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Chronology of fight for Jugoremedija


Chronology of fight for Jugoremedija

Although without jobs for two years, the workers of «Jugoremedija» refused to quit. Their militancy and creative direct actions made them a symbol of resistance to neoliberal capitalism in Serbia.

The Recuperated Factory Movement Spreads to Eastern Europe: Jugoremedija Pharmaceutical Factory Workers Face Eviction

Serbian pharmaceutical factory «Jugoremedija», from the town of Zrenjanin, was privatized in 2000, in such a way that 58% of the shares were given to the workers, and the state took 42%. In 2002, the state sold it’s shares to Jovica Stefanovic, an infamous local capitalist, who made his fortune smuggling cigarettes, and who was wanted by Interpol at the time he bought the shares of «Jugoremedija». As all the other buyers in Serbian privatization, Stefanovic was not even investigated in money laundering, because the Serbian Government’s position at that time was, and still is, that it’s better to have dirty money in privatization, than to let workers manage the company, because that will “bring us back to the dark days of self-management”.

Allow us to give you a little context.

The first attack on Yugoslav self-management happened before the break up of socialist Yugoslavia. The first organized attempt to dismantle the system of self-management in Serbia dates back to the times of Slobodan Milosevic. But the real full-blown process of privatization and curtailment of workers rights happen after Milosevic was sent to the Hague Tribunal. In this context in transitional Serbia of the 21st century, with the transition to capitalism and parliamentary democracy, everything became allowed in the fight against what the new neoliberal government saw as the “ideological monster of self management” – even if it means the government and the court break laws.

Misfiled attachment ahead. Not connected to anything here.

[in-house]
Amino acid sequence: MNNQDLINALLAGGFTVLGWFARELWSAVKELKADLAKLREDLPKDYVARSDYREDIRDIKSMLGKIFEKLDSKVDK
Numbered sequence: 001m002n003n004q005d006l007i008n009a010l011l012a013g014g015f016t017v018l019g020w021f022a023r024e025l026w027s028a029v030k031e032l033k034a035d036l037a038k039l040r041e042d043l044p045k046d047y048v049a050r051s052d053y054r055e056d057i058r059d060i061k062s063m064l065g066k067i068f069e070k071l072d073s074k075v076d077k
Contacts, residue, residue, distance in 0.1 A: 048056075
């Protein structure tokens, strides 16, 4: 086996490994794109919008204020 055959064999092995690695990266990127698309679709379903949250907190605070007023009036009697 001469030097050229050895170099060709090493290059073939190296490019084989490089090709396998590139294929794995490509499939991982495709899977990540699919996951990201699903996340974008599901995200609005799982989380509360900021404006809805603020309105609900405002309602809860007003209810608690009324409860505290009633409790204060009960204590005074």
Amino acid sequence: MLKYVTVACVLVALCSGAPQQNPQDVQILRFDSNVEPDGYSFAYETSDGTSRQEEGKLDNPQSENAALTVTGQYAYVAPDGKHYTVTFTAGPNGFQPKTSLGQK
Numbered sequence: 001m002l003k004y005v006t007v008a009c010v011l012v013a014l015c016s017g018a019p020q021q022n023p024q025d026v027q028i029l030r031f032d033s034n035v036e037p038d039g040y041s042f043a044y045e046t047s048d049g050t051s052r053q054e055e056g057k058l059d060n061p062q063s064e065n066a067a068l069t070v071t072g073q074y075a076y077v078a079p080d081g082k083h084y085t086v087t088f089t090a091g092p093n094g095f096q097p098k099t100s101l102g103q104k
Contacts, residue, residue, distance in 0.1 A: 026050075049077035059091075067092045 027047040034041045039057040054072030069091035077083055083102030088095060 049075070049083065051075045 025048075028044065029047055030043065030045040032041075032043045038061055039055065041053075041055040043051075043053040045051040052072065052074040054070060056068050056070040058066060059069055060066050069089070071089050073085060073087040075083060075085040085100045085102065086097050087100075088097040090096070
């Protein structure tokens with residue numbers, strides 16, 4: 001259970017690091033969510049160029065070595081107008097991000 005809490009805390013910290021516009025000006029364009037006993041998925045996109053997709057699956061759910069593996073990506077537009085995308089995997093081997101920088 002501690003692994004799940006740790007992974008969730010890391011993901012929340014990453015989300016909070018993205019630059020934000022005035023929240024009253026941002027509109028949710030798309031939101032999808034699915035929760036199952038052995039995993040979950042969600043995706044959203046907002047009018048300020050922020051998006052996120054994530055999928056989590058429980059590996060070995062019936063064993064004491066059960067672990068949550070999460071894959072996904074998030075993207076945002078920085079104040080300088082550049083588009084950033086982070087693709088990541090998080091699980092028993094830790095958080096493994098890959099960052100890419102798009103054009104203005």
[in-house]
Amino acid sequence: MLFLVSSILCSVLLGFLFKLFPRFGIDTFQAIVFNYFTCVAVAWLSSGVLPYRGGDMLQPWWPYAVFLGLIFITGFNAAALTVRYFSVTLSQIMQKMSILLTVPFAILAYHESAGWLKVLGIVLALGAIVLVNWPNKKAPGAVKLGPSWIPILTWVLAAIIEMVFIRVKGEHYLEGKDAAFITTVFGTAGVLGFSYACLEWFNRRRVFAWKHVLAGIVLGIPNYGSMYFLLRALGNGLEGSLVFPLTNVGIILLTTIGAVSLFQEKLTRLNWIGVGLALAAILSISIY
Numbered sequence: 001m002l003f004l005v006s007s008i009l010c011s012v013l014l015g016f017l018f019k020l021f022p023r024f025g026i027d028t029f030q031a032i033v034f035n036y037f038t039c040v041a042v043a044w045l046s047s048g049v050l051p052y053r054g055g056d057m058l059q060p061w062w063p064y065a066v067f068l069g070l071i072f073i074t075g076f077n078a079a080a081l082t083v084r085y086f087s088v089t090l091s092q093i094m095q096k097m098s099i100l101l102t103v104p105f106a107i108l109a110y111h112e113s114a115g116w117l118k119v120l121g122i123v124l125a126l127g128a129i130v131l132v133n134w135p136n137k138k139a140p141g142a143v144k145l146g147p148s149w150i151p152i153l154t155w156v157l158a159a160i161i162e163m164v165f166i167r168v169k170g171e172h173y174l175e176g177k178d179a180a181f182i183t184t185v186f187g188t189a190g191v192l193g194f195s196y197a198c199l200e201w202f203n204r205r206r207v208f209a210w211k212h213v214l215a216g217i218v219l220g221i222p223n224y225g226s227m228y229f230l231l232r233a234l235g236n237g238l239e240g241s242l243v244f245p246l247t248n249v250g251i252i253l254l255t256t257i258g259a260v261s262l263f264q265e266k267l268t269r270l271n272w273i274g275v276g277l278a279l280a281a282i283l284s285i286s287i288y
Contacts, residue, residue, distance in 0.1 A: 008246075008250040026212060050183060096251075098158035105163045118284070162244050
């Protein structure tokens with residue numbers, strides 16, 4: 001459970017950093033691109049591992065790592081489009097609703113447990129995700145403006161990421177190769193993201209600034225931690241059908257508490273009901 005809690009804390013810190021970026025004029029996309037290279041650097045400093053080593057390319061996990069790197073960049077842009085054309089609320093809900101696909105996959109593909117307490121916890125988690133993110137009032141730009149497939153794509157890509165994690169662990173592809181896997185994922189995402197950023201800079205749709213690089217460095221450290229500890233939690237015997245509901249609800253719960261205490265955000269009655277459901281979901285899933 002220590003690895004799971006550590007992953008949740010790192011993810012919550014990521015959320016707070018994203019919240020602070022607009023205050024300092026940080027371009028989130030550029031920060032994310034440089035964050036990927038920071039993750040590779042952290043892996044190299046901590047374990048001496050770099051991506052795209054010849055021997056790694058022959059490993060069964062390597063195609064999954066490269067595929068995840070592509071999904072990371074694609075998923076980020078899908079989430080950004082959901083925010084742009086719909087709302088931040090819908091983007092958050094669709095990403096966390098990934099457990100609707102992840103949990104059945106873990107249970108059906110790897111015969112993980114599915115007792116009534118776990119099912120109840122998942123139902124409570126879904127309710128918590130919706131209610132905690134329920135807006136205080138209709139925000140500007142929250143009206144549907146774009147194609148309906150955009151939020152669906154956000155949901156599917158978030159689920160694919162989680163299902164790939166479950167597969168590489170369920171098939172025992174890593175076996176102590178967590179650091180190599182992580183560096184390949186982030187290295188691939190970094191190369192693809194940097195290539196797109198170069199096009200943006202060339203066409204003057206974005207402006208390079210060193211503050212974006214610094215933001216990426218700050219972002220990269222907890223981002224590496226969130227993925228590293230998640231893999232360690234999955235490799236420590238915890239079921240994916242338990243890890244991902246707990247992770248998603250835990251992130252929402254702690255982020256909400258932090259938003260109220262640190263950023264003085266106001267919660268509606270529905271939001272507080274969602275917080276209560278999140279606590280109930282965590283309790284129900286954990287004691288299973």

Breaking all the rules, the state allowed the new co-owner of Jugoremedija, Stefanovic to become the dominant owner of the factory. Through various illegal maneuvers the ownership structure was changed: Stefanovic was given 68% of the shares and the workers portion was reduced to 32%.

In December 2003 the workers began a strike, and factory occupation, as well as a lawsuit against the recapitalization. This was the first work place occupation in the post socialist Yugoslavia!

In May 2004 the state, pressed by the workers, investigated privatization of «Jugoremedija» found that Stefanovic’s investment was in violation of the contract.

The state did nothing to enforce the violation of the contract. In response the workers, mainly women, came to the capital, Belgrade, and occupied the state’s Privatization Agency for one whole day. Only after this occupation did the state begin to take the violation seriously. Meanwhile the factory occupation continued.

During summer of 2004, Stefanovic’s private army tried several times to take over the factory, but the workers, with breathtaking courage, kicked them out. Sometimes using their bodies to block the military vehicles. This kept the boss out. … but he returned …

In September 2004, the private army was joined by the Serbian police, who had the order to evict the workers from «Jugoremedija». Police and the private army forced their way into the factory, resulting in the hospitalization of many workers and the arrest of four of the leaders of the strike. The workers were then charged with disturbing the peace. Criminal proceedings are still taking place. Now that he physically emptied the factory he illegally fired the two hundred workers.

After participating in a Peoples Global Action conference in Belgrade, in August of 2004, workers from «Jugoremedija» joined with workers from other factories to form the Union of Workers and Shareholders of Serbia. At first the Union’s mission was limited to fighting against corruption in privatization, but after experiencing different aspects of Serbian privatization, the Union came out with another demand – the call for a constituent assembly. They believe that the people should make the decisions that effect their lives and work places, and a new constitution can help make this happen. Graffiti appeared on the walls of Belgrade asking, “ Who owns our factories?”

Although without jobs for two years, the workers of «Jugoremedija» refused to quit. Their militancy and creative direct actions made them a symbol of resistance to neoliberal capitalism in Serbia.

Finally, as a response to a series of direct and legal actions, in May 2006 the Serbian Supreme Court reached the decision that recapitalization was in violation of the contract, and ordered Zrenjanin Economic Court to re-open the case. Last Friday, Zrenjanin Economic Court brought ownership structure back to 58%-42%.

According to Serbian law, workers-shareholders need three weeks to call for an assembly of all shareholders, in order to appoint their management. Stefanovic needs to be prevented from dividing up the company, and a court injunction would allow the workers to democratically decide who manages their factory, and how.

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